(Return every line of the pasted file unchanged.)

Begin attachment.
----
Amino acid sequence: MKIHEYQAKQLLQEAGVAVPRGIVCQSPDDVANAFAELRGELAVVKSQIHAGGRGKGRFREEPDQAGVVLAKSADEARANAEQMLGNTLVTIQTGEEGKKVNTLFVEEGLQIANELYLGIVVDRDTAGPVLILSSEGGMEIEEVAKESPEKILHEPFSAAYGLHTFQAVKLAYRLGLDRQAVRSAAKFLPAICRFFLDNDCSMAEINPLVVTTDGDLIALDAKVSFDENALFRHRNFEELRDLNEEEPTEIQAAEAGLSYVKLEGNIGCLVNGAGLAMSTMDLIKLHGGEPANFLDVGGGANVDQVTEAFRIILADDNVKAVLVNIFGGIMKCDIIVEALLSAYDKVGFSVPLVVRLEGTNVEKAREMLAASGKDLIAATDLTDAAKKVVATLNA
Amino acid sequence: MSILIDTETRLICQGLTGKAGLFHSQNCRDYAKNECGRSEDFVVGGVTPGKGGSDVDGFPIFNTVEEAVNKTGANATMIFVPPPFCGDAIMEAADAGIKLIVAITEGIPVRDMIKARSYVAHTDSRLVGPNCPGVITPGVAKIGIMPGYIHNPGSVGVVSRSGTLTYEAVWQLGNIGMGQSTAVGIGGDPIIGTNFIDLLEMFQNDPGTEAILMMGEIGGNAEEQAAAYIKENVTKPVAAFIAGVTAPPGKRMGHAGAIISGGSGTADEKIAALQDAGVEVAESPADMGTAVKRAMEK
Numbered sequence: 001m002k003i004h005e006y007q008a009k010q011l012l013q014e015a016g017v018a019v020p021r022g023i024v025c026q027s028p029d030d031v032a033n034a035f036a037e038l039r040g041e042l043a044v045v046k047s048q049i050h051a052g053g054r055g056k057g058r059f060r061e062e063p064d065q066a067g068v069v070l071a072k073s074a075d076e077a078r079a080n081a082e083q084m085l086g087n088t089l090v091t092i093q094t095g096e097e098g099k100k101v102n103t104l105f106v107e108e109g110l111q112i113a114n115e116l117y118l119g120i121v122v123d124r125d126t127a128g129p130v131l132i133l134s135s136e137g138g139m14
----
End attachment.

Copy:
Amino acid sequence: MKIHEYQAKQLLQEAGVAVPRGIVCQSPDDVANAFAELRGELAVVKSQIHAGGRGKGRFREEPDQAGVVLAKSADEARANAEQMLGNTLVTIQTGEEGKKVNTLFVEEGLQIANELYLGIVVDRDTAGPVLILSSEGGMEIEEVAKESPEKILHEPFSAAYGLHTFQAVKLAYRLGLDRQAVRSAAKFLPAICRFFLDNDCSMAEINPLVVTTDGDLIALDAKVSFDENALFRHRNFEELRDLNEEEPTEIQAAEAGLSYVKLEGNIGCLVNGAGLAMSTMDLIKLHGGEPANFLDVGGGANVDQVTEAFRIILADDNVKAVLVNIFGGIMKCDIIVEALLSAYDKVGFSVPLVVRLEGTNVEKAREMLAASGKDLIAATDLTDAAKKVVATLNA
Amino acid sequence: MSILIDTETRLICQGLTGKAGLFHSQNCRDYAKNECGRSEDFVVGGVTPGKGGSDVDGFPIFNTVEEAVNKTGANATMIFVPPPFCGDAIMEAADAGIKLIVAITEGIPVRDMIKARSYVAHTDSRLVGPNCPGVITPGVAKIGIMPGYIHNPGSVGVVSRSGTLTYEAVWQLGNIGMGQSTAVGIGGDPIIGTNFIDLLEMFQNDPGTEAILMMGEIGGNAEEQAAAYIKENVTKPVAAFIAGVTAPPGKRMGHAGAIISGGSGTADEKIAALQDAGVEVAESPADMGTAVKRAMEK
Numbered sequence: 001m002k003i004h005e006y007q008a009k010q011l012l013q014e015a016g017v018a019v020p021r022g023i024v025c026q027s028p029d030d031v032a033n034a035f036a037e038l039r040g041e042l043a044v045v046k047s048q049i050h051a052g053g054r055g056k057g058r059f060r061e062e063p064d065q066a067g068v069v070l071a072k073s074a075d076e077a078r079a080n081a082e083q084m085l086g087n088t089l090v091t092i093q094t095g096e097e098g099k100k101v102n103t104l105f106v107e108e109g110l111q112i113a114n115e116l117y118l119g120i121v122v123d124r125d126t127a128g129p130v131l132i133l134s135s136e137g138g139m14